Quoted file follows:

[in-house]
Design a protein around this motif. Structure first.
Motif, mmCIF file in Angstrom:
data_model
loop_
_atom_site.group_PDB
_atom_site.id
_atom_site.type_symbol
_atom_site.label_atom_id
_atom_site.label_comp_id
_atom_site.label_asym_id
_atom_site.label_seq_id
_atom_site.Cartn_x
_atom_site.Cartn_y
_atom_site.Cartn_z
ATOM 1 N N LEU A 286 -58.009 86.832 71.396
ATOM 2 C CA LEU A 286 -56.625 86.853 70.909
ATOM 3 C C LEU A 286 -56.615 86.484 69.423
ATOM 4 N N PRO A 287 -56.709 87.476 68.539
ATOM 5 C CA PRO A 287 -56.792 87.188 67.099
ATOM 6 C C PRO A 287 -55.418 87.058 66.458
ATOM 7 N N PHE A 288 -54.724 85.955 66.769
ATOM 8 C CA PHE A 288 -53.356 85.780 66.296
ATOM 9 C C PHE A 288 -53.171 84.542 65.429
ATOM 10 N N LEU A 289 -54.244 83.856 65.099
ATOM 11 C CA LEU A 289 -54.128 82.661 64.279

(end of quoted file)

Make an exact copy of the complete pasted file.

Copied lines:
[in-house]
Design a protein around this motif. Structure first.
Motif, mmCIF file in Angstrom:
data_model
loop_
_atom_site.group_PDB
_atom_site.id
_atom_site.type_symbol
_atom_site.label_atom_id
_atom_site.label_comp_id
_atom_site.label_asym_id
_atom_site.label_seq_id
_atom_site.Cartn_x
_atom_site.Cartn_y
_atom_site.Cartn_z
ATOM 1 N N LEU A 286 -58.009 86.832 71.396
ATOM 2 C CA LEU A 286 -56.625 86.853 70.909
ATOM 3 C C LEU A 286 -56.615 86.484 69.423
ATOM 4 N N PRO A 287 -56.709 87.476 68.539
ATOM 5 C CA PRO A 287 -56.792 87.188 67.099
ATOM 6 C C PRO A 287 -55.418 87.058 66.458
ATOM 7 N N PHE A 288 -54.724 85.955 66.769
ATOM 8 C CA PHE A 288 -53.356 85.780 66.296
ATOM 9 C C PHE A 288 -53.171 84.542 65.429
ATOM 10 N N LEU A 289 -54.244 83.856 65.099
ATOM 11 C CA LEU A 289 -54.128 82.661 64.279